Monday, February 23, 2009

The Canon According To David Greenberg

Jeremy Young gently disputes the idea, proffered by historian David Greenberg, that those who take issue with certain Watergate verities are akin to global warming deniers. Here's how New York Times public editor Clark Hoyt put it on Sunday as he repudiated the work of his colleague Patricia Cohen:
David Greenberg, a Rutgers historian and the author of “Nixon’s Shadow,” argued that the tale did not involve a significant dispute and was more like the Watergate version of global warming, with most historians long ago coming to a consensus and only a few outliers arguing against it. “Professional scholarly consensus is not sacrosanct, but it should count for a lot,” he said.
Hoyt's article may need a review of its own. The positioning of the Greenberg quotation suggests the historian was saying that there's a nearly sacrosanct scholarly consensus about Stanley Kutler's Watergate transcripts as published in his book Abuse Of Power. There's obviously no such thing. Kutler freely admits that he prepared his transcripts quickly and that they contain errors. Several scholars have pointed some of them out, and another is evidently poised to do so. What was at issue in the original Times story was whether Kutler edited the transcripts deceptively, with an eye to telling the story he wanted to tell. If there's a consensus about anything in this controversy, it's that having careful, authoritative transcripts of Watergate conversations would be a boon to historians and history.

My guess is that Greenberg was talking to Hoyt not about the transcripts controversy but about writers such as Len Colodny, James Hougan, Russ Baker, Joan Hoff, Jonathan Aitken, and James Rosen, all of whom look at Watergate differently than most. Several claim that White House counsel John Dean was not only more involved in the cover-up than commonly thought but also an originator of the Watergate break-ins themselves. Are these the writers whom Hoyt, and by implication Greenberg, call outliers, the moral equivalent of global warning deniers? If so, Hoyt should have made that more clear, especially since the upshot of his critique is that his colleague Cohen was careless about such nuances in her original article.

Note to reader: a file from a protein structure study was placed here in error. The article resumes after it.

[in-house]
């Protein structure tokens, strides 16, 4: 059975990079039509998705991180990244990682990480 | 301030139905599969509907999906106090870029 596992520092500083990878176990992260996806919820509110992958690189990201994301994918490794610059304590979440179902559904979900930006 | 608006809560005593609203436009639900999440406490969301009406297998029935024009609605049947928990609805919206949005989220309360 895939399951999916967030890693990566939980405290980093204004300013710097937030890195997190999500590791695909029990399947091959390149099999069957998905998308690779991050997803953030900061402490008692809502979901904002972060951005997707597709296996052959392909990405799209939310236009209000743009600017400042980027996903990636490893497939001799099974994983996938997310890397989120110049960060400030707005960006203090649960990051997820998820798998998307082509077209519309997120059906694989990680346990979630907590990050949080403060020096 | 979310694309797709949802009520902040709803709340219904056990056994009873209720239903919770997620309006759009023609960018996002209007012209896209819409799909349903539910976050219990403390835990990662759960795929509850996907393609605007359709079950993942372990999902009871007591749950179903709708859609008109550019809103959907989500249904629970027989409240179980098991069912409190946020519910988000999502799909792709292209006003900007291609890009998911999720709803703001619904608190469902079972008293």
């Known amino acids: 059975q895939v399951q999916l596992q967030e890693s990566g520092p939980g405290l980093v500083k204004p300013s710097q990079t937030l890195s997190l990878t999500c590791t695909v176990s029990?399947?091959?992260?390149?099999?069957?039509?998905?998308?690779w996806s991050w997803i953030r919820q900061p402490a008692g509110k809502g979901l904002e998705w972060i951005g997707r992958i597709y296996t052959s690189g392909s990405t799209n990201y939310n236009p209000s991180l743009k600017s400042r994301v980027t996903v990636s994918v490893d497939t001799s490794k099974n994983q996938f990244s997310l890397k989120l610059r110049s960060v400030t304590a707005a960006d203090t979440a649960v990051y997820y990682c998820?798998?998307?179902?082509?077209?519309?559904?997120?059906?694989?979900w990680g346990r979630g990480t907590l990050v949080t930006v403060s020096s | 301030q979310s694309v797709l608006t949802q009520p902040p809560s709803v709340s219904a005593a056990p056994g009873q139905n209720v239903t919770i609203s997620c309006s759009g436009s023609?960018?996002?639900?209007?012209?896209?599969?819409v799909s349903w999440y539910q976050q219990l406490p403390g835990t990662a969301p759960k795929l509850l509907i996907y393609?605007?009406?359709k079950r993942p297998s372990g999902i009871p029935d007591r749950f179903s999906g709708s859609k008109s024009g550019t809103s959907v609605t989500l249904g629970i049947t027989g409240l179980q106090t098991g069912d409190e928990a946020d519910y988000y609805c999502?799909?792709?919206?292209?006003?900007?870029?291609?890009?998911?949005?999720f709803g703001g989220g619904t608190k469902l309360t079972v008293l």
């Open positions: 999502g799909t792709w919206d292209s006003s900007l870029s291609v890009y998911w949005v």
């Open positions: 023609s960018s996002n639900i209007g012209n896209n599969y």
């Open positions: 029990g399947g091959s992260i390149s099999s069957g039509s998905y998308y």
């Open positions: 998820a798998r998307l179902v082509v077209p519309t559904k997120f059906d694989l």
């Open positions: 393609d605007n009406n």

As for Greenberg and others in the Hoyt article who evidently are now to be understood as defenders of the one true faith of Watergate, few are entirely blameless themselves. Without evidence, Greenberg accused the authors of the now-removed Watergate gallery at the private Nixon Library of being liars, either for saying the 18.5-minute gap might have been accidental or for pointing out that some Democratic members of the House hoped to maneuver Speaker Carl Albert into the Presidency. In his book Nixonland, Rick Perlstein, whom Hoyt also quotes as denouncing Kutler's critics, misconstrued a secondary source to make it appear as though President Nixon had authorized the September 1971 Lewis Fielding burglary in advance. And Kutler has yet to explain why he edited his transcript of a July 1972 conversation to obscure its true subject matter and later incorrectly claimed to an Orange County Register reporter that the tape proved that Nixon had known about the Fielding job earlier than he'd always claimed.

That's two historians trying to pin a crime on the late President that he didn't commit and another unfairly attacking the former administrators of his library because they had the gall to present inconvenient nuances to museumgoers. With these supposedly dispassionate professionals trying so hard to prove their points even when the record says otherwise, perhaps we may conclude that the Watergate canon isn't quite as fixed as Hoyt and others would have us believe.

Hat tip to Maarja Krusten

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